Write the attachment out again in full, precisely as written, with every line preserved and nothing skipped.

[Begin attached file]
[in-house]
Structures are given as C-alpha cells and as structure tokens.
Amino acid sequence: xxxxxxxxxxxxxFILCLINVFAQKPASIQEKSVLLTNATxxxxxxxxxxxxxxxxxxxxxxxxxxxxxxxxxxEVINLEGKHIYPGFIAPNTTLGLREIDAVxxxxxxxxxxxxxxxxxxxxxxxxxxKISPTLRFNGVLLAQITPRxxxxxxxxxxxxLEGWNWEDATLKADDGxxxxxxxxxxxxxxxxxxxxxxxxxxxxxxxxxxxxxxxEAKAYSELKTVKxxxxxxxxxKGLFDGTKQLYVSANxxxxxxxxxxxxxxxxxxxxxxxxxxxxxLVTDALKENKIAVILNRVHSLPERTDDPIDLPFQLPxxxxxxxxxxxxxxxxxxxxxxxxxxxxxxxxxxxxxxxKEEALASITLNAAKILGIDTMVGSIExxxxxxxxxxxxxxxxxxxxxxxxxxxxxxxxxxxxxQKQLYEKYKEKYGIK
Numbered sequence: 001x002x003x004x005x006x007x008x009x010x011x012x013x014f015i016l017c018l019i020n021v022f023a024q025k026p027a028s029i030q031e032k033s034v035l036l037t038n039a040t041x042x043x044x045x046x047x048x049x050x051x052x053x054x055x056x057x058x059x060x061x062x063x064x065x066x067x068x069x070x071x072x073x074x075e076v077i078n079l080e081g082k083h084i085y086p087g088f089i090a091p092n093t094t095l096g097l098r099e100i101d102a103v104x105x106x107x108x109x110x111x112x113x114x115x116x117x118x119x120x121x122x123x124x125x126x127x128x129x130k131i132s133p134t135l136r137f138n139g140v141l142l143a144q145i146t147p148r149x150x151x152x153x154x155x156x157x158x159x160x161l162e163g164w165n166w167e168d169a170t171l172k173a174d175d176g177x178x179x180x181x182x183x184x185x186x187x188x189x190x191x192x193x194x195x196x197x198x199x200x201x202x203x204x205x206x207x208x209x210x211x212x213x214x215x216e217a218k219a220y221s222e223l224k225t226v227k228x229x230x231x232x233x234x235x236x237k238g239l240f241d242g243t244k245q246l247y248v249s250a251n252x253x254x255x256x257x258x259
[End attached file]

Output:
[in-house]
Structures are given as C-alpha cells and as structure tokens.
Amino acid sequence: xxxxxxxxxxxxxFILCLINVFAQKPASIQEKSVLLTNATxxxxxxxxxxxxxxxxxxxxxxxxxxxxxxxxxxEVINLEGKHIYPGFIAPNTTLGLREIDAVxxxxxxxxxxxxxxxxxxxxxxxxxxKISPTLRFNGVLLAQITPRxxxxxxxxxxxxLEGWNWEDATLKADDGxxxxxxxxxxxxxxxxxxxxxxxxxxxxxxxxxxxxxxxEAKAYSELKTVKxxxxxxxxxKGLFDGTKQLYVSANxxxxxxxxxxxxxxxxxxxxxxxxxxxxxLVTDALKENKIAVILNRVHSLPERTDDPIDLPFQLPxxxxxxxxxxxxxxxxxxxxxxxxxxxxxxxxxxxxxxxKEEALASITLNAAKILGIDTMVGSIExxxxxxxxxxxxxxxxxxxxxxxxxxxxxxxxxxxxxQKQLYEKYKEKYGIK
Numbered sequence: 001x002x003x004x005x006x007x008x009x010x011x012x013x014f015i016l017c018l019i020n021v022f023a024q025k026p027a028s029i030q031e032k033s034v035l036l037t038n039a040t041x042x043x044x045x046x047x048x049x050x051x052x053x054x055x056x057x058x059x060x061x062x063x064x065x066x067x068x069x070x071x072x073x074x075e076v077i078n079l080e081g082k083h084i085y086p087g088f089i090a091p092n093t094t095l096g097l098r099e100i101d102a103v104x105x106x107x108x109x110x111x112x113x114x115x116x117x118x119x120x121x122x123x124x125x126x127x128x129x130k131i132s133p134t135l136r137f138n139g140v141l142l143a144q145i146t147p148r149x150x151x152x153x154x155x156x157x158x159x160x161l162e163g164w165n166w167e168d169a170t171l172k173a174d175d176g177x178x179x180x181x182x183x184x185x186x187x188x189x190x191x192x193x194x195x196x197x198x199x200x201x202x203x204x205x206x207x208x209x210x211x212x213x214x215x216e217a218k219a220y221s222e223l224k225t226v227k228x229x230x231x232x233x234x235x236x237k238g239l240f241d242g243t244k245q246l247y248v249s250a251n252x253x254x255x256x257x258x259